“We are ready to fight, and we have the strength to fight, and nobody from the Taliban side is ready to make any kind of deal,” Mr. Mujahid, the Taliban spokesman, said. “The world community and the international forces are trying to buy the Taliban, and that is why we are showing that we are not for sale.”

The assault was the latest in a series of audacious operations meant to shatter the calm of the Afghan capital. The Taliban is a mostly rural phenomenon in a mostly rural country; the overwhelming majority of American troops are deployed in small outposts in the countryside. On most days, the war does not reach the urban centers.

But increasingly the Taliban are bringing the fight into the cities…

This is a tough one.

Whom are we to believe? Martha Coakley or the New York Times?

After all, Ms. Coakley said there were no Taliban left in Afghanistan.

Maybe she thinks of them as just ‘militants,’ too.

This article was posted by Steve on Monday, January 18th, 2010. Comments are currently closed.

7 Responses to “‘Militants’ Launch Bold Attack In Kabul”

  1. P. Aaron says:

    Actually, ‘Marcia’ Coakley said there; ‘were no Taliban left in Afghanistan”.

    Just as bad.

  2. Liberals Demise says:

    Another man-made disaster?

  3. proreason says:

    I hate to give the Slimes a click, but I read this one and it’s pretty interesting.

    I thought US Special Forces are protecting Karzai, but the article implies that Afghan commandos did the fighting. If that is true, it seems significant that they were able to do so….and win.

    But where were the US forces?

    Or are we being lied to, as usual, by the Slimes?

  4. White_Polluter says:

    These were obviously not Taliban, nor were they militants. The source of the confusion is that these were actually “insurgents” posing as Taliban. The NYT has mislabeled them. About the only thing the NYT got right, was that these men were not “terrorists” nor were they “gunmen.” They could have been “gunmen,” but they had bombs, or bomb-like compounds with which the perpetrated their “man-caused disaster.” If the bomb-like compounds had been liquid or in their shoes, it would have been “Bush’s Fault.” If the bomb-like compounds were sewn into their clothes, then everything would have worked as designed, and this would not have to have been reported for another couple days.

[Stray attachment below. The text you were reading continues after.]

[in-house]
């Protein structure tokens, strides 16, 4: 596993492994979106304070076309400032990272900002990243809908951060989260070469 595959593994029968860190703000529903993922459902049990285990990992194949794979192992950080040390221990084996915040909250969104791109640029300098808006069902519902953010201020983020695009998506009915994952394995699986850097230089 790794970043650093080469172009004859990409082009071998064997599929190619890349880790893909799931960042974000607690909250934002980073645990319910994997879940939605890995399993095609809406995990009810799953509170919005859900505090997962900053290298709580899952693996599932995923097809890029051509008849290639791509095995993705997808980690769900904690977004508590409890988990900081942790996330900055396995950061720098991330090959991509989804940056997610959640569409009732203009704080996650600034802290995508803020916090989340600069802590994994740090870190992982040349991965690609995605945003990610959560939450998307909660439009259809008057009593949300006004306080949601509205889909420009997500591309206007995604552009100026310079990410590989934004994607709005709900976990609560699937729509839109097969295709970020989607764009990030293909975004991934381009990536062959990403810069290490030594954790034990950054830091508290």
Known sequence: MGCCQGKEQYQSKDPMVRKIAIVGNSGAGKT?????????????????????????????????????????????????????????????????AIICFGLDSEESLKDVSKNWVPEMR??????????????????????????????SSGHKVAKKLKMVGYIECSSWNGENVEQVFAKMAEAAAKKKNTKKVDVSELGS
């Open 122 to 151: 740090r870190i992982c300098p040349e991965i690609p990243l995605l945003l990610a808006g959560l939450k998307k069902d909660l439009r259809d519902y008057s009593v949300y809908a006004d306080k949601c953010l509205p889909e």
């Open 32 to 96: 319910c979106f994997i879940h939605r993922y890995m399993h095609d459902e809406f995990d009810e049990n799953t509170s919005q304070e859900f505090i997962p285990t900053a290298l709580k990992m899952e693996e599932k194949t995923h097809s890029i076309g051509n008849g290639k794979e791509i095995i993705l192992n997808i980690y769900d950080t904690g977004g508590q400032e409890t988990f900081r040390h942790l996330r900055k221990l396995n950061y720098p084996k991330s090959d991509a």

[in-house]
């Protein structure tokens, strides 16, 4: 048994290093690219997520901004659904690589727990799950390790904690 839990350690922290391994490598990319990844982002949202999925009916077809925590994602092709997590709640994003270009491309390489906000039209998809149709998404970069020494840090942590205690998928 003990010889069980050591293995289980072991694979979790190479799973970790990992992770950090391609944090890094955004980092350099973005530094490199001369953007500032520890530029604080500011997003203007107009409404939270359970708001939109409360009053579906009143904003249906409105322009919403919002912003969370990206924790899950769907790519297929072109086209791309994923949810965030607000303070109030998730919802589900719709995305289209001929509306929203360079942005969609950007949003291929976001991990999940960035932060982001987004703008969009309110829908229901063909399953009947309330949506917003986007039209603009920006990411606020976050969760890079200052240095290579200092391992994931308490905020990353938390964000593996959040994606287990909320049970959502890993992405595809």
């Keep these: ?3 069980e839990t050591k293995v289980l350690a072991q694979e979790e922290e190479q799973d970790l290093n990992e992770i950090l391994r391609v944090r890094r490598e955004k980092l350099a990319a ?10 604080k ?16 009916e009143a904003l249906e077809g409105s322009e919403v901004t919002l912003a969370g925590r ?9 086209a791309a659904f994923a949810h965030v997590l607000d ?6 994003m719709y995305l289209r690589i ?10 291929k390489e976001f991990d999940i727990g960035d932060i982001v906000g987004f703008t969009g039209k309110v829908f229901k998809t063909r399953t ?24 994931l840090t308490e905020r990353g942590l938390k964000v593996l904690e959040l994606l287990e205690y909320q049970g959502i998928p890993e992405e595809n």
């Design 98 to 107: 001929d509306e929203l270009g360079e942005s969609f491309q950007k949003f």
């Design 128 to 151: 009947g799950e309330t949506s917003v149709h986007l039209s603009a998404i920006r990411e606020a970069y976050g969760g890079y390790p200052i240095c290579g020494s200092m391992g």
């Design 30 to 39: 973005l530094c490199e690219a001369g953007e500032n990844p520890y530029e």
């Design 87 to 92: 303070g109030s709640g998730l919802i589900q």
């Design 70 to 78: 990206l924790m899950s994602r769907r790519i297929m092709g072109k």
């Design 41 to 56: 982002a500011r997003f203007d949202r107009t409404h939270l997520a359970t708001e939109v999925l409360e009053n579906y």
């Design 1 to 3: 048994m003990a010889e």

But if our troops (known as “troops”) did actually repel the “man-caused disaster,” then it was an “overseas contingency operation” and not actually a repulsion of an “attack” as was reported.

    Man, I’m sure glad we have Obama. In addition to not worrying about my rent, gas, or food, now I don’t have to worry about the Taliban or the terrorists. Still on the lookout for militants, insurgents, gunmen, and teabaggers.

    • JohnMG says:

      If what you write is true, White_Polluter, I’m going to need a new dictionary just to understand it–or an undocumented worker as an interpreter. ;-}

  5. Reached by telephone? Perhaps the reporter has a little black book we should be examining?

    Or was it from a Craig’s List ad?